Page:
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Chapter 13

Chapter 13 Psychology.docx

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Psychology 1000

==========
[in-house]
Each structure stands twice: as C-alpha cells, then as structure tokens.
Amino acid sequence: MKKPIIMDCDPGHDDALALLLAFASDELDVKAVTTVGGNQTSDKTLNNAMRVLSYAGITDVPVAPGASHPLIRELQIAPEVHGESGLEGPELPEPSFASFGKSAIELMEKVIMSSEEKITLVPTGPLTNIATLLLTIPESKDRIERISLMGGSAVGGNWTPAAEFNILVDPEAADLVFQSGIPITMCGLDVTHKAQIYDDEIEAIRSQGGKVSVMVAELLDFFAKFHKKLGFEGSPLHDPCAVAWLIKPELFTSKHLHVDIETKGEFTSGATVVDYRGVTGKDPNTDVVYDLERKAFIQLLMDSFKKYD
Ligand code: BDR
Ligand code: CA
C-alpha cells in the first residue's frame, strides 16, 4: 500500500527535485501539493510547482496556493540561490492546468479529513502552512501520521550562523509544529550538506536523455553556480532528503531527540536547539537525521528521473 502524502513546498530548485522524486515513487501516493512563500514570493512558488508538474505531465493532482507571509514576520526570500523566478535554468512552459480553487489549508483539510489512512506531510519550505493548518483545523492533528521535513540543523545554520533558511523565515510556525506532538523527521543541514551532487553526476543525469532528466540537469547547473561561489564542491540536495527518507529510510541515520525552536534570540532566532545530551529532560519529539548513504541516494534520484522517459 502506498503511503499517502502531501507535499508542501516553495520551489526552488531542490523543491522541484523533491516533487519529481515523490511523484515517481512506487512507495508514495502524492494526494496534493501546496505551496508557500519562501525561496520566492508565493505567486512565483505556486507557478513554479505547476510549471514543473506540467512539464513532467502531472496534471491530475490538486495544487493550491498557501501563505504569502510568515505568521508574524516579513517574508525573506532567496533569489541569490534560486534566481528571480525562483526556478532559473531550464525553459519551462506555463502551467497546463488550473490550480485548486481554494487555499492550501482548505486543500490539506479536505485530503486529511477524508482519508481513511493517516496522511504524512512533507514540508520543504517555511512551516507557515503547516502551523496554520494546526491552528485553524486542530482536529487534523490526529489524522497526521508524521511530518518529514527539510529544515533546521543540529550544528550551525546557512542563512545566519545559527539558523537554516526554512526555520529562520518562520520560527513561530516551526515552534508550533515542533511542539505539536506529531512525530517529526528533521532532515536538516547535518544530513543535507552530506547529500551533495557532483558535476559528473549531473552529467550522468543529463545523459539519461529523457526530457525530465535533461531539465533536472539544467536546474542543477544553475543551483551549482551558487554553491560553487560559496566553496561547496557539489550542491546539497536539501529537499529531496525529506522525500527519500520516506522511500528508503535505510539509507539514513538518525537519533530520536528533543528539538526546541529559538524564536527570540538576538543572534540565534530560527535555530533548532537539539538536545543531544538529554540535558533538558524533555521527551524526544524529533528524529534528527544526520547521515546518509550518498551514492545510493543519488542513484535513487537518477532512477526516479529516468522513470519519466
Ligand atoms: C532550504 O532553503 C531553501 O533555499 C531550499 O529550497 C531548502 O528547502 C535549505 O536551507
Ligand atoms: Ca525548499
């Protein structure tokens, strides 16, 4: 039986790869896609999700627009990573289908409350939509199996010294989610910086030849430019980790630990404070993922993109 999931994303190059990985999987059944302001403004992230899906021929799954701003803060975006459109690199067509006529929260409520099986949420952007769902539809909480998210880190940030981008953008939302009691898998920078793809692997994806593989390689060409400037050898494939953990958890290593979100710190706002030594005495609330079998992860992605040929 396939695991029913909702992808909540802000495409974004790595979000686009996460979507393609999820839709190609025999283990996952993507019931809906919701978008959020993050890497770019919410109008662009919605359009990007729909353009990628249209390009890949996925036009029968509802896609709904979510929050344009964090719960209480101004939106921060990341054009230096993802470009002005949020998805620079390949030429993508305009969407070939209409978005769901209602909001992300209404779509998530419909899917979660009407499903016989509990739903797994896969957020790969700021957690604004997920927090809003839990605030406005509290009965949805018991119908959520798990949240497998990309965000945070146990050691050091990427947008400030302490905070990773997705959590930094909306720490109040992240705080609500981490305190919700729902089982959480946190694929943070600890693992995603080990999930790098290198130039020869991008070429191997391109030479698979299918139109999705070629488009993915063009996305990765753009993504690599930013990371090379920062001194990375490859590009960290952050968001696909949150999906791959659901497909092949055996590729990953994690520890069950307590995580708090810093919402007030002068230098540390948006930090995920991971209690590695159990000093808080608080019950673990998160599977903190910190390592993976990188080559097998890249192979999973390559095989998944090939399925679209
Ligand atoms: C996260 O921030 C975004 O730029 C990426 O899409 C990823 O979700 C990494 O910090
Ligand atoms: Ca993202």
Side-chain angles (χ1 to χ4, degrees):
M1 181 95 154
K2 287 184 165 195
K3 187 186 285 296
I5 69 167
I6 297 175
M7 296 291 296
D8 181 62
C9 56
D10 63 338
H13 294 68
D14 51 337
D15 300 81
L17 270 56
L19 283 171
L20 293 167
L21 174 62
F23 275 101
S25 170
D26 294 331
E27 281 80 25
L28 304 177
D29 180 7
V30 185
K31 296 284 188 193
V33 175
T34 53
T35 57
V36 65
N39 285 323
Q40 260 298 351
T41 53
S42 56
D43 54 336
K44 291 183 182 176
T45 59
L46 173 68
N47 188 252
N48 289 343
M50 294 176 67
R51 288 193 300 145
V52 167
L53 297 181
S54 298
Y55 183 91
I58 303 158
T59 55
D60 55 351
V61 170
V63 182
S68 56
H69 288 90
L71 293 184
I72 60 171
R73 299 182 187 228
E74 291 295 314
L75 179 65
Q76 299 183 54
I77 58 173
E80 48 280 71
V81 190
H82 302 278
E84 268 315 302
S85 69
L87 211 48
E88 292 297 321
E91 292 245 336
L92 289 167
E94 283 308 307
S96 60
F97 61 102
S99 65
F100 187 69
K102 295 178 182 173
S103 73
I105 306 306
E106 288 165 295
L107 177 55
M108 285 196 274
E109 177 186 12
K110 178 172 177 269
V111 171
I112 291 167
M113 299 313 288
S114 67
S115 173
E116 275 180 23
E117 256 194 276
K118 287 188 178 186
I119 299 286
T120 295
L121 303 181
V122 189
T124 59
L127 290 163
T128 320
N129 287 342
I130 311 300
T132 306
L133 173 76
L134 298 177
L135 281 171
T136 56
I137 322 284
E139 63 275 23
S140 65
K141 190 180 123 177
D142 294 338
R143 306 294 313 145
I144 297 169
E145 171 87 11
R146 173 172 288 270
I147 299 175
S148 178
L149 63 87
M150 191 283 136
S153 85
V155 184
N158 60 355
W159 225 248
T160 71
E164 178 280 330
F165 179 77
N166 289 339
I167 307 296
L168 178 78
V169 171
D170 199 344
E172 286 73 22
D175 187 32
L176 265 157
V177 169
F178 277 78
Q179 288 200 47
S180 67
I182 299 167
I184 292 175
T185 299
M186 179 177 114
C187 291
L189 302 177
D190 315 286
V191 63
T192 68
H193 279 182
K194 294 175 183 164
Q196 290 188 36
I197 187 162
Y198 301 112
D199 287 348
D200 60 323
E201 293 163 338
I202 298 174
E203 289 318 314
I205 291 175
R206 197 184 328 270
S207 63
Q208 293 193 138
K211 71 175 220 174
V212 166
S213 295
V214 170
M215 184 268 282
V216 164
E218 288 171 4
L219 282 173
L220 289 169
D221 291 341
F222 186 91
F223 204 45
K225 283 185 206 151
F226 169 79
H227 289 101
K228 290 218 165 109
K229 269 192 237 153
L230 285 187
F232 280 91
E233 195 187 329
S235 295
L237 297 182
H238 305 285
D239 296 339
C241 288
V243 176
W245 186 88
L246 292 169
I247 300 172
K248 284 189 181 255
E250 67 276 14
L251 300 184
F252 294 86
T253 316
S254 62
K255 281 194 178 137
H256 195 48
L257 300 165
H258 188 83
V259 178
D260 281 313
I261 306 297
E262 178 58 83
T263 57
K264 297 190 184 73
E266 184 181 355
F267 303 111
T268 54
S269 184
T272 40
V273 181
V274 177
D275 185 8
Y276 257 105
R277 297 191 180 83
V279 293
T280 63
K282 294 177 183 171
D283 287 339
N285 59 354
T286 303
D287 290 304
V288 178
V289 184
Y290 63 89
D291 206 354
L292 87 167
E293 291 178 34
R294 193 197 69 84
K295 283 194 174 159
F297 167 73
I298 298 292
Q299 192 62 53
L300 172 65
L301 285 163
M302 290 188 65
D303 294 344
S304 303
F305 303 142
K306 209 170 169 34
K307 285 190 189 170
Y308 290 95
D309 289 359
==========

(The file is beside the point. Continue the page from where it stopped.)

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Chapter 13: Psychological Disorders  Historical Perspectives -abnormal behaviour caused by supernatural forces (work by the devil); trephination (sharp tool used to chisel a hole in the skull and eliminated abnormal behaviours) to cure people -Hippocrates suggested mental illnesses were like physical disorders; site of illness was the brain and was the first to suggest that a mental disorder could be caused by a physical dysfunction; general paresis (disorder characterized by mental deterioration and bizarre behaviour, resulting in massive brain deterioration caused by syphilis); first breakthrough if a psychological order linked to a physical illness  Psychological Perspectives -neuroses (obsessions, phobias, and depression that did not involve loss of contact with reality) -psychoses (severe disorders that are caused by great anxiety and person loses touch with reality; i.e. schizophrenia) -behavioural perspective views disordered behaviours as learned responses through classical conditioning, operating conditioning, and modelling -cognitive theorists emphasize the role of people’s thoughts and perceptions about themselves and the environment; key to understanding abnormal behaviours is to isolate specific thought patterns, beliefs, and attitudes that underlie them -humanistic theorists view abnormality as result of environmental forces that frustrate people’s self-actualization tendencies and searching for meaning in life -socio-cultural perspective takes into account the cultural context and factors that influence the forms that those abnormal behaviours take  Vulnerability-Stress Model -each person has some degree of vulnerability in developing a psychological disorder Vulnerability Factors Stressors  Genetic factors  Economic adversity  Biological characteristics  Environmental trauma  Psychological traits  Interpersonal stresses/losses  Previous maladaptive learning  Occupational setbacks or demands  Low social support -vulnerability (predisposition that can have a biological basis, such as genotype of brain malfunction) -stressors (recent/current event that requires a person to cope)  Defining and Classifying Psychological Disorders -abnormality is a social construction and can be affected by value judgments and political agendas -susto (soul loss) -drapetomania (obsessive desire for freedom that drove some slaves to flee from captivity) -judgment of abnormality depends on the “three D’s”: 1. Distressing to others (anxious, depressed, dissatisfied) 2. Dysfunctional for person/society (interfere with person’s ability to work and experience satisfying relationships with other people) 3. Deviance of a given behaviour (violates social norms)  Diagnosing Psychological Disorders -reliability (high levels of agreement in diagnostic decisions) -validity (diagnostic categories accurately capture essential features of the various disorders) -DSM-IV most widely used diagnostic classification system in North America; allows diagnostic information to be represented along 5 dimensions that take both the person and his/her life situation into account: 1. Axis 1 represents the person’s primary clinical symptoms; primary diagnosis 2. Axis 2 reflects long standing personality/development disorders that could influence person’s behaviour and response to treatment; personality/development disorders 3. Axis 3 notes physical conditions that might be relevant (i.e. high blood pressure); relevant physical disorders 4. Axis 4 notes the intensity of environmental stressors in the person’s recent life; severity of psychological stressors 5. Axis 5 refers to the coping sources as reflect in adaptive functioning; global assessment of level of functioning  Critical Issues in Diagnostic Labelling -once diagnostic label is attached to a person, it becomes too easy to use the label as an accurate description of the individual rather than the behaviour -2 important legal concepts: 1. Competency – defendant’s state of mind at the time of a judicial hearing 2. Insanity – presumed state of mind of the defendant at the time the crime was committed (can declare not guilty by reason of insanity)  Anxiety Disorders -intense, frequent, or inappropriate anxiety, but no loss of reality contact (includes phobias, general anxiety reactions, panic disorders, OCD, and PTSD) -have 4 components 1. Subjective emotional, including feelings of tension and apprehension 2. Cognitive, including subjective feelings of apprehension, sense of danger, and inability to cope 3. Physiological, including increased heart rate, muscle tension, nausea, diarrhea, etc. 4. Behavioural, including avoidance of certain situations and impaired task performance  Phobic Disorders -strong irrational fears of certain objects/situations -most common are agoraphobia (fear of public places), social phobias (fear of being evaluated and embarrassed by other people), and specific phobias (fear of dogs, snakes, elevators, etc.) -generalized anxiety disorder (chronic state of “free floating” anxiety that is not attached to objects or specific situations) -panic disorder (unpredictable panic attacks and pervasive fear will occur again; may include resulting agoraphobia) -obsessive compulsive disorder (OCD) is characterized by persistent, unwanted thoughts and compulsive behaviour; obsessions (repetitive and unwelcome thoughts, images, or impulses that invade consciousness and hard to control) and compulsions (repetitive behavioural responses); obsession are generated through orbital-frontal-cingulate pathway and compulsion involve prefrontal-caudate-thalamus circuit  Causal Factors in Anxiety Disorders -hereditary factors cause over-reactivity of neurotransmitter systems involved in emotional responses -trauma produced over-activity in emotional systems of the right hemisphere may produce vulnerability to PTSD -identical twins are more likely to have similar scores on anxiety tests than fraternal twins -search for biological processes associated with anxiety disorders are related to neurotransmitters in the brain (i.e. GABA) -GABA is a inhibitory transmitter that reduces neural activity in the amygdale and other brain structure that stimulate physiological arousal; low GABA = highly reactive nervous system that quickly produces anxiety responses in response to stressors -women exhibit anxiety disorders more often than men -biological preparedness (notion that evolutionary factors have produced an innate readiness to learn certain associations that have had survival implications in the past) -neurotic anxiety occurs when unacceptable impulses threaten to overwhelm the ego’s defences and explode into action (psychodynamic) -the cognitive perspective stresses the role of distortions (including tendencies to magnify degree of threat and danger, and in the case of a panic disorder, to misinterpret normal anxiety symptoms in ways that can evoke panic) -behavioural perspective views anxiety as a learned response established through classical conditioning/vicarious learning; avoidance responses for phobias and compulsive disorders are seen as operant responses that are negatively reinforced through anxiety reduction -sociocultural factors impact anxiety disorders through culture-bound disorders (behaviour disorders whose specific forms are restricted to one particular cultural context)  Eating Disorders -anorexia (intense fear of being fat and severely restrict food intake to the point of starvation) -bulimia (concerned with being fat, but binge eat and purge food by vomiting or laxatives) -different causes for eating disorders can range from: beauty norms, immigration, objectification theory, genetic factors, family interaction, etc.  Mood (Affective) Disorders -marked disturbances of mood (i.e. depression and mania) -major depression (intense depression that interferes with functioning) -dysthymia (depressive mood disorder of moderate intensity that occurs over a long period of time and does not disrupt functioning) -4 different types of symptoms: 1. Emotional – sadness, hopelessness, anxiety, misery, etc. 2. Cognitive – negative cognitions about self, world, and future (difficulty making decisions, low self-esteem, inferior, etc.) 3. Motivational – loss of interest, lack of drive, difficulty starting anything 4. Somatic – loss of appetite, lack of energy, sleep difficulty, weight loss/gain  Bipolar Disorder -depression (intense sadness) alternates with periods of mania (intense happiness) -speech often is rapid or pressured in mania  Prevalence and Course of Mood Disorders -1/5 chance of developing a depressive episode of life -high rate in both children and adults -similar across socio-economic and ethnic groups -once depressive episode occurs, 50% chance that depression will recur, 40% chance depression will never recur after recovery, and 10% chance of no recovery  Causal Factors in Mood Disorders -depression is a disorder of motivation caused by underactivity in neurotransmitters like norepinephrine, dopamine, and serotonin (play important roles in si